Saskatoon mayor, administration cautious about straying from provincial COVID-19 response
As Saskatoon’s COVID-19 numbers rise, the city’s mayor says there are no plans to deviate from the plan set by the province.
As of Monday, 859 active cases of COVID-19 were known in Saskatoon, putting the city well ahead of any other region in the province.
At a meeting of the city committee on Monday, Graf. Bev Dubois said residents of their parish were concerned about the increase in cases and asked if the city should implement its own rules to slow the spread.
“To be honest, people are very scared,” said Dubois.
“Every day I get a call or an e-mail and am asked: ‘What more can the city do about the pandemic? Can we override what the province says or does? ‘”
Mayor Charlie Clark was reluctant to deviate from the official provincial plan.
“I know there are some in the public who want the city to lock down or the city to implement these measures, and as we have learned and seen in the past, this is not the role that the city plays,” said Clark.
“When Regina tried to take action beyond the province at the beginning of this pandemic, it ended pretty quickly.”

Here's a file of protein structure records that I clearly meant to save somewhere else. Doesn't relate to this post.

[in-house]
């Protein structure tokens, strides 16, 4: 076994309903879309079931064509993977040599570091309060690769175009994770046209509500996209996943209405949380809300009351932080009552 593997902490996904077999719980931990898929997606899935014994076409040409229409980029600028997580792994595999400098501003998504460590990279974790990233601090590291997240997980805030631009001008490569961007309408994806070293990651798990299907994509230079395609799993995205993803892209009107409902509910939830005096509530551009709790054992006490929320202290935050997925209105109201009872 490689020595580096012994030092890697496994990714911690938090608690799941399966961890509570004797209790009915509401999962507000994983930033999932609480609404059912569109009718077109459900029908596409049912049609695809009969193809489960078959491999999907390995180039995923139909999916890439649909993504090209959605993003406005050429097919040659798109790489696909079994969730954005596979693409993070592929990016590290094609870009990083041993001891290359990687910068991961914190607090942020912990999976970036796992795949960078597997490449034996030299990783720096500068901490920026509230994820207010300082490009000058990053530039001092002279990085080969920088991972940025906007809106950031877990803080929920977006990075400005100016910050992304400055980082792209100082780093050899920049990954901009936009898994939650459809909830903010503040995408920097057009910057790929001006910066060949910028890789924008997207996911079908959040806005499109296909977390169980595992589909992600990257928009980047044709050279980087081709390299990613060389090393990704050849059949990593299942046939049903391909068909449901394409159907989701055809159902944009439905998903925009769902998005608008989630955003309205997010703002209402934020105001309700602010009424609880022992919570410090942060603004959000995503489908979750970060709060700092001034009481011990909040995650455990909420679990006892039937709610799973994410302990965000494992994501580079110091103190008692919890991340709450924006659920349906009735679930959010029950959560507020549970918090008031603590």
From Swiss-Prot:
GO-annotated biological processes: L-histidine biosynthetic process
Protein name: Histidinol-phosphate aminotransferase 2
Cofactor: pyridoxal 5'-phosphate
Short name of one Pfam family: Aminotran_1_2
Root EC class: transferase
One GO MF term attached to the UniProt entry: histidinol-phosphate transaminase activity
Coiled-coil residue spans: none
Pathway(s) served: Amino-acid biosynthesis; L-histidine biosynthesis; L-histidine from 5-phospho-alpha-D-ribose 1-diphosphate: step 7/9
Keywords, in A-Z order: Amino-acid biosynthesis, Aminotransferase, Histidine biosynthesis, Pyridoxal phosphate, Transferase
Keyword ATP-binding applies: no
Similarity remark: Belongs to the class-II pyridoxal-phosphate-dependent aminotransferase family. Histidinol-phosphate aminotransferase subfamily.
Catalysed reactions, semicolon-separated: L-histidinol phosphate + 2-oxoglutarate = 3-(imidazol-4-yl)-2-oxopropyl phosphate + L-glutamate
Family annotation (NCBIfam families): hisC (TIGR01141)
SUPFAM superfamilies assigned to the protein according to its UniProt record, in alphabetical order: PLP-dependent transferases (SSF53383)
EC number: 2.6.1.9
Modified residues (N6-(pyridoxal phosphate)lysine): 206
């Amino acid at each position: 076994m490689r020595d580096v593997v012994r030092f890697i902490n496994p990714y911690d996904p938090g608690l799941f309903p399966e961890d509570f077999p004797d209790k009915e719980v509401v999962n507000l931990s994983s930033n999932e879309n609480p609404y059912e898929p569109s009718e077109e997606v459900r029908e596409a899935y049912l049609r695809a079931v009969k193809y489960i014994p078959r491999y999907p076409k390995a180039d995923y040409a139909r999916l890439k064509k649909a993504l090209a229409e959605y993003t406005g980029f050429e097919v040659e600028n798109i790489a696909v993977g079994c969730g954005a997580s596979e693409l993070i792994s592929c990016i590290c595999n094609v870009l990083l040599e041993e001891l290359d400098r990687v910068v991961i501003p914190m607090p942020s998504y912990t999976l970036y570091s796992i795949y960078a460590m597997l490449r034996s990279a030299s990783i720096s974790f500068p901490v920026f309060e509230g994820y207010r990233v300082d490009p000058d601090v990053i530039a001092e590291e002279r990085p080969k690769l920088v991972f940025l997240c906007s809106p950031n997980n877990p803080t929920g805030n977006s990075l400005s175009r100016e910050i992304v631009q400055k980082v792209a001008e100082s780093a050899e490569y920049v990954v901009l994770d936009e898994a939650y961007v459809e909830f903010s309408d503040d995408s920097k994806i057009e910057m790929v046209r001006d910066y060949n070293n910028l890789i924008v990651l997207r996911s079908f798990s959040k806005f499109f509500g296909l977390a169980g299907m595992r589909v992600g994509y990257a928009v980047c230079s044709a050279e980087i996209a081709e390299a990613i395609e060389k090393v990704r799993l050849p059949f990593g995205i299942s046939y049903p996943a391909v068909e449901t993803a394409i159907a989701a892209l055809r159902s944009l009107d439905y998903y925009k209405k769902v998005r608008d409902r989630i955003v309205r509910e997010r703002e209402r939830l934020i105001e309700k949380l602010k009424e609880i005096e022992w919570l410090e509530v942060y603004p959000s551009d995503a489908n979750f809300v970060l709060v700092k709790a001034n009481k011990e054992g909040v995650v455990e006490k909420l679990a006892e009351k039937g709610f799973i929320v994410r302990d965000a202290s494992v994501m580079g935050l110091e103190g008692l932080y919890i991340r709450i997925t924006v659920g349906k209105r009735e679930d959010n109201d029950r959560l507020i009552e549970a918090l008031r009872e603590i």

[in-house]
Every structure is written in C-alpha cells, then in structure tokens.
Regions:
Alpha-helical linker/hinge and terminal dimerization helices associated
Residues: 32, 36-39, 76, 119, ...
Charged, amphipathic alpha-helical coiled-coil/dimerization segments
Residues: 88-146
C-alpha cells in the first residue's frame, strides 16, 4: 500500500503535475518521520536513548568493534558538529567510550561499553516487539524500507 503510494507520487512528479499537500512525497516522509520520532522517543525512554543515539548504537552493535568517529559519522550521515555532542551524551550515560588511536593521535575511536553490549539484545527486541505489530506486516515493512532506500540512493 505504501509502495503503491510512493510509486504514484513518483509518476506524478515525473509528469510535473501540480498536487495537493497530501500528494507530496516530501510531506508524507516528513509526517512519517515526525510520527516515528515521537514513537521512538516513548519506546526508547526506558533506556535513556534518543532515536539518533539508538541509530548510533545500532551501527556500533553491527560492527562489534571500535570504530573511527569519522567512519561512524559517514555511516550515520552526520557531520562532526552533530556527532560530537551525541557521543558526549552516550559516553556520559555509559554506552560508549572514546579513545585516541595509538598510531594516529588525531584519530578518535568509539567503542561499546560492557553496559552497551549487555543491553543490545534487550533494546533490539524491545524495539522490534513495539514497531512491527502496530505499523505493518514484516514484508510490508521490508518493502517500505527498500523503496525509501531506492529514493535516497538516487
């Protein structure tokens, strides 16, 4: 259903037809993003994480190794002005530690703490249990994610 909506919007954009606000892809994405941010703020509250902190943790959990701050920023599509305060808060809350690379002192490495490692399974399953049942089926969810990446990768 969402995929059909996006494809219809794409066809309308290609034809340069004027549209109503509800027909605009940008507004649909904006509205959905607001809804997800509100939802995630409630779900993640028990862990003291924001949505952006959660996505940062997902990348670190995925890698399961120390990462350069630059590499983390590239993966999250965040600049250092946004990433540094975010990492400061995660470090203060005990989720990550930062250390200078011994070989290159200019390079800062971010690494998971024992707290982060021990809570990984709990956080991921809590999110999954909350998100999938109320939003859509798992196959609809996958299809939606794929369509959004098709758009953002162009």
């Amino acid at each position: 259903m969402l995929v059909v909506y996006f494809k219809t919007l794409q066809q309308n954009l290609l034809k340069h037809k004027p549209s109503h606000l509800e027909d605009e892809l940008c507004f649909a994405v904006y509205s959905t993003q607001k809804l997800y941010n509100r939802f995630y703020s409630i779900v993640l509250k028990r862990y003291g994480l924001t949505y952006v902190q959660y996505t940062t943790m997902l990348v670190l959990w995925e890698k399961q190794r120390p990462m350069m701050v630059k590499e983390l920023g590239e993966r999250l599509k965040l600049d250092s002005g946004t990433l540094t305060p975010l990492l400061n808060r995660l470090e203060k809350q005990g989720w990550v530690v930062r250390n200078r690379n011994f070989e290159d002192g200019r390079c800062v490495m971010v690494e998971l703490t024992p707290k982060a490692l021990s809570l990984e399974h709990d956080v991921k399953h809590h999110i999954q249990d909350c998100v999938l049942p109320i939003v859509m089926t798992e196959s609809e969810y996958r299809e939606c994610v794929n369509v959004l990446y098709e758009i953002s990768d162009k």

City Manager Jeff Jorgenson agreed, saying the city lacks medical staff and does not have the necessary expertise to make these calls.
“From both a legal and a professional perspective, the province is really in the best position to make decisions regarding the pandemic,” he said.
“You have more legislative powers and more appropriate legislative powers.”
Clark said COVID-19 continues to be a major focus for himself and for city workers.
“A priority for me is to really work with leaders across our community, as well as with the provincial and federal governments,” he said.
“We’re the largest city in Saskatchewan, we’re a hub where lots of people come and go to get services, and we’re also the city with the most cases.”
Clark said he continues to meet with provincial officials for updated information.
The council unanimously voted in favor of a report that clearly outlines the specific roles of the city and province in introducing new measures.
The city manager said many workers continue to work from home when possible.
Although there have been cases of COVID-19 among city employees, Jorgenson said all cases were due to community transmission and not to the workplace.
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